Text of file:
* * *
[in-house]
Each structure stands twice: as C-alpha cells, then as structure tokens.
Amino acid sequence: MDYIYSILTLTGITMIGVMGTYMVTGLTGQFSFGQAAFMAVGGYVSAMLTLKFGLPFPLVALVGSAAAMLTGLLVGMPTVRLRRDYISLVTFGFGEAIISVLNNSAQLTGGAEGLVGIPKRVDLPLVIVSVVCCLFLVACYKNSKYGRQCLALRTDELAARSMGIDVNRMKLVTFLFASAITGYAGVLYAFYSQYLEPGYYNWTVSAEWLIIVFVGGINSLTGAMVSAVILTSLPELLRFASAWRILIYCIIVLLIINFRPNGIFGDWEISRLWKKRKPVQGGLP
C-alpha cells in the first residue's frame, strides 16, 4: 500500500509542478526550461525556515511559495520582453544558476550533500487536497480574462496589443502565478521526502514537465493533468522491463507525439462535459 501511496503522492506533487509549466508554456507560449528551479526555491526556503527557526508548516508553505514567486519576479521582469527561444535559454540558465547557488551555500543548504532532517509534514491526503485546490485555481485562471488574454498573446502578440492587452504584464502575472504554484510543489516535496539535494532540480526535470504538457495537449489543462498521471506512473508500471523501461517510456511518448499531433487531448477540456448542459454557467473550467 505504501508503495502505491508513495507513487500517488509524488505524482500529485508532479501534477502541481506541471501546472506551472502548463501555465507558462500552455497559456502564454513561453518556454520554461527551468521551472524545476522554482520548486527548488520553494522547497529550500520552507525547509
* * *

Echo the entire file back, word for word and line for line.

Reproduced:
[in-house]
Each structure stands twice: as C-alpha cells, then as structure tokens.
Amino acid sequence: MDYIYSILTLTGITMIGVMGTYMVTGLTGQFSFGQAAFMAVGGYVSAMLTLKFGLPFPLVALVGSAAAMLTGLLVGMPTVRLRRDYISLVTFGFGEAIISVLNNSAQLTGGAEGLVGIPKRVDLPLVIVSVVCCLFLVACYKNSKYGRQCLALRTDELAARSMGIDVNRMKLVTFLFASAITGYAGVLYAFYSQYLEPGYYNWTVSAEWLIIVFVGGINSLTGAMVSAVILTSLPELLRFASAWRILIYCIIVLLIINFRPNGIFGDWEISRLWKKRKPVQGGLP
C-alpha cells in the first residue's frame, strides 16, 4: 500500500509542478526550461525556515511559495520582453544558476550533500487536497480574462496589443502565478521526502514537465493533468522491463507525439462535459 501511496503522492506533487509549466508554456507560449528551479526555491526556503527557526508548516508553505514567486519576479521582469527561444535559454540558465547557488551555500543548504532532517509534514491526503485546490485555481485562471488574454498573446502578440492587452504584464502575472504554484510543489516535496539535494532540480526535470504538457495537449489543462498521471506512473508500471523501461517510456511518448499531433487531448477540456448542459454557467473550467 505504501508503495502505491508513495507513487500517488509524488505524482500529485508532479501534477502541481506541471501546472506551472502548463501555465507558462500552455497559456502564454513561453518556454520554461527551468521551472524545476522554482520548486527548488520553494522547497529550500520552507525547509